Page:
When it comes to a global view of sports, there is, of course, no time like the present. All too often, however, we also become entranced with the past. Studying where we came from will always have value, of course, but I find the future just as intriguing a prospect, particularly when it comes to the way the game is practiced and officiated.
The Pittsburgh Steelers and head coach Mike Tomlin are also investing in the future. As Teresa Varley detailed on the team’s website yesterday, Tomlin brought an MVP with him to practice recently—that is, a Mobile Virtual Player, an automated tackling dummy, essentially, that will run away from you.
This is a technology that I have come across a couple of times through the development phase at Dartmouth College, where, according to Varley, Tomlin looked to Daniel Martin Rooney, who played at Dartmouth, and is a member of the team’s staff as a scouting assistant.
The MVP was even featured on The Late Show With Stephen Colbert late last year, during which he interviewed Buddy Teevens, the head football coach at Dartmouth, who ended the practice of live tackling due to the frequent occurrence of injuries, and sought to replace that element, which gave birth to the idea of the mobile tackling dummy. Colbert even got in on the action.
As much of a traditionalist and historian of the game that Tomlin can be sometimes, he often has a forward-thinking element about his methods, and the Steelers have not been entirely opposed to incorporating a variety of technology in the past. He was ahead of the curve in adapting to the usage of the two-point conversion as a proactive measure.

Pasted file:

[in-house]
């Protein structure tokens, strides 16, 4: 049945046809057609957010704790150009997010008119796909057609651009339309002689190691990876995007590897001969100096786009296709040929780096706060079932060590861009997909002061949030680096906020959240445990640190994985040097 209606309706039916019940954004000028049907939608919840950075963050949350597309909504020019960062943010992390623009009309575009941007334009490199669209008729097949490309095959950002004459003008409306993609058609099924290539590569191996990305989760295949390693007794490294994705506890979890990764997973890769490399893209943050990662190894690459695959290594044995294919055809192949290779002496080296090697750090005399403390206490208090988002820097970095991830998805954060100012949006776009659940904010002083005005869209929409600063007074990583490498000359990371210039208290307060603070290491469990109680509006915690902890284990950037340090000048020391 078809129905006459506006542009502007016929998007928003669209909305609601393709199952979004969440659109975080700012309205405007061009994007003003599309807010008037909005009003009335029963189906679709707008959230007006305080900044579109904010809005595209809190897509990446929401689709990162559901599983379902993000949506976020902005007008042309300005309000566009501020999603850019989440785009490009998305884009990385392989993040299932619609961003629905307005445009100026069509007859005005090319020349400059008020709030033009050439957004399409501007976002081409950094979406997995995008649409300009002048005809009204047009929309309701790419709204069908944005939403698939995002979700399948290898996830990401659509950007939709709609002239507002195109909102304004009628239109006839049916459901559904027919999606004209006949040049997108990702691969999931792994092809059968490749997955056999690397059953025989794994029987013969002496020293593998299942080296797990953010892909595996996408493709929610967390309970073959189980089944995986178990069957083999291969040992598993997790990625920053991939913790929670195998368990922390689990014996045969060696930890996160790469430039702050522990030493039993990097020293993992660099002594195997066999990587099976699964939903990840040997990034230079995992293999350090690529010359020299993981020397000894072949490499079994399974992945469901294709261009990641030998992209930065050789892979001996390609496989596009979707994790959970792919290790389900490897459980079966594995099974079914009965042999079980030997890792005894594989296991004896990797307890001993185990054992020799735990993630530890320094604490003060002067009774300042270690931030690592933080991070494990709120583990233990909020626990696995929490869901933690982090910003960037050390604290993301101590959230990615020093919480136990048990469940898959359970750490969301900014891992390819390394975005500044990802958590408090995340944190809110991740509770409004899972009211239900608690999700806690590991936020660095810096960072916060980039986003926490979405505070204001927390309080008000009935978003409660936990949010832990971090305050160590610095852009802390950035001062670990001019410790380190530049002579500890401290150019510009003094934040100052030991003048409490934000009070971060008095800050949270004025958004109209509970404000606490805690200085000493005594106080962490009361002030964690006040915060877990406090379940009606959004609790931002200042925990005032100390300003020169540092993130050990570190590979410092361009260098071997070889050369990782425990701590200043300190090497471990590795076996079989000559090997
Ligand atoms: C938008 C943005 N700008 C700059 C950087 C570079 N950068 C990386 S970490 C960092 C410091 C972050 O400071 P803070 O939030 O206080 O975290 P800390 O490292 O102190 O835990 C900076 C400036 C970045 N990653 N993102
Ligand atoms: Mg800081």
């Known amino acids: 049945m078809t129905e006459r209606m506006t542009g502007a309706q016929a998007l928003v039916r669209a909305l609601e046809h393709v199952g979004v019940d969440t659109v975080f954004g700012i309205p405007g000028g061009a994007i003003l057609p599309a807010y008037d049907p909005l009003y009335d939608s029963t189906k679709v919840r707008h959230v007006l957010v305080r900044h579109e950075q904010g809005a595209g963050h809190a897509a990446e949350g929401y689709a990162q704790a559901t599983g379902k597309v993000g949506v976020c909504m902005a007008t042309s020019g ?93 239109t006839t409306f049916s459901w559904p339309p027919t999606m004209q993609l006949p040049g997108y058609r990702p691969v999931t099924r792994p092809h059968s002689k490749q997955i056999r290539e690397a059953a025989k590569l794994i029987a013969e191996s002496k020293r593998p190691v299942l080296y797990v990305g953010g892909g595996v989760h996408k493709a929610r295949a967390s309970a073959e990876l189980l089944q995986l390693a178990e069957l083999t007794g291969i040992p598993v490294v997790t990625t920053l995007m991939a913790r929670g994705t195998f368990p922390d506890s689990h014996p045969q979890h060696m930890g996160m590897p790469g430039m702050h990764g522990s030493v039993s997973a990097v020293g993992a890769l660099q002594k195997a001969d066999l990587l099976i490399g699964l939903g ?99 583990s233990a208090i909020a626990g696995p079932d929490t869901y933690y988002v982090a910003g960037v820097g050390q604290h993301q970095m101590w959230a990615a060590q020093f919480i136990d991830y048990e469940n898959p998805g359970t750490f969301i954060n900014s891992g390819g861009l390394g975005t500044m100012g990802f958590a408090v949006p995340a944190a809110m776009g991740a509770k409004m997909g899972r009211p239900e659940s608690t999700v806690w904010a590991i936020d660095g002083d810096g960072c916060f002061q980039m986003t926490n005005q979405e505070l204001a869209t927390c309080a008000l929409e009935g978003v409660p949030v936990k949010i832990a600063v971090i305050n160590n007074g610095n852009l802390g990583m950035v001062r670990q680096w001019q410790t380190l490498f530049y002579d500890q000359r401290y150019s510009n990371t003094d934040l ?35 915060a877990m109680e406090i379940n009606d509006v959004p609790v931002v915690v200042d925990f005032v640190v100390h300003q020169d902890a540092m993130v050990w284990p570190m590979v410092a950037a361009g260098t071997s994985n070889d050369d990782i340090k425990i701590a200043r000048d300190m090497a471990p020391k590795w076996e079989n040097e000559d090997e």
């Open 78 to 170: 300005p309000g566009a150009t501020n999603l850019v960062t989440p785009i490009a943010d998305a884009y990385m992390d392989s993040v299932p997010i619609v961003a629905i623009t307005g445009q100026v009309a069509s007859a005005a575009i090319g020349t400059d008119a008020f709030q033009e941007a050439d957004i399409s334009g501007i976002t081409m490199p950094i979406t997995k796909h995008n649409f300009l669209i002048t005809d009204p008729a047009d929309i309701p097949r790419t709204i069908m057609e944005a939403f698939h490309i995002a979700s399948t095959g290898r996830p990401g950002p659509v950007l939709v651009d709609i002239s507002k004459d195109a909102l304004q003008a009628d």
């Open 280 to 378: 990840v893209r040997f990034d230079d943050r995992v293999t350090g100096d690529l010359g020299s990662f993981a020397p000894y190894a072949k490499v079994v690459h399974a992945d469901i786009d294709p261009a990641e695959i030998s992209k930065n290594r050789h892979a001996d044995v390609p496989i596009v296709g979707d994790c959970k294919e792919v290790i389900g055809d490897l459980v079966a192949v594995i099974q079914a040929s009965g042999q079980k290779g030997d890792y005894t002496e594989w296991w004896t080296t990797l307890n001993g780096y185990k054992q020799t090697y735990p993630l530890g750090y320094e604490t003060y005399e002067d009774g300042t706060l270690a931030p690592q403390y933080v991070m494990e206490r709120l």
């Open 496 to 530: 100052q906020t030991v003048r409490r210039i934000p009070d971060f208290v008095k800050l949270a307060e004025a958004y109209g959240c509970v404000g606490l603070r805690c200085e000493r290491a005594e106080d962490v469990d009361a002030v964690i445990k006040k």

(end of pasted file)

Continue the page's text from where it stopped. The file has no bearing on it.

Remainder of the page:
He described the MVP as “an awesome piece of technology” and said that he is “always interested in ways to utilize technology in terms of teaching football. We are excited to get a close look at it”.
One element of the tackling dummy that Tomlin appreciated is the fact that there seems to be no shortage of applications for its usage, the numbers of which continued to multiply as the players on the field found out for themselves by the natural processes of practicing. “They show you the applications”, he said.
Because of the tackling dummy’s mobility, speed, and ability to change angles, it has the capability of mimicking a variety of potential roles. Varley notes that the Steelers began using it in passing drills and as a running back.
The NFL has dramatically reduced teams’ opportunities to engage in live tackling drills due to player safety concerns. Many have attributed to this an erosion of the standard fundamentals of tackling, which is responsible for a rise in the number of missed tackles that we see on Sundays.
A tool such as this can assist in that. While player-on-player contact has been greatly reduced, the MVP is designed in many ways to simulate an opposing player, and nobody particularly cares if you injure a robot who isn’t being paid at least hundreds of thousands of dollars.
The model that the Steelers had the opportunity to use, according to Varley, is still in the testing phase, with aspirations of making it widely available next year. This has the potential to become a standard practice tool on football practice fields at all levels, particularly in the era of the safety initiative, and is a fine fill-in while the sport learns to bridge the virtual reality gap as a training method.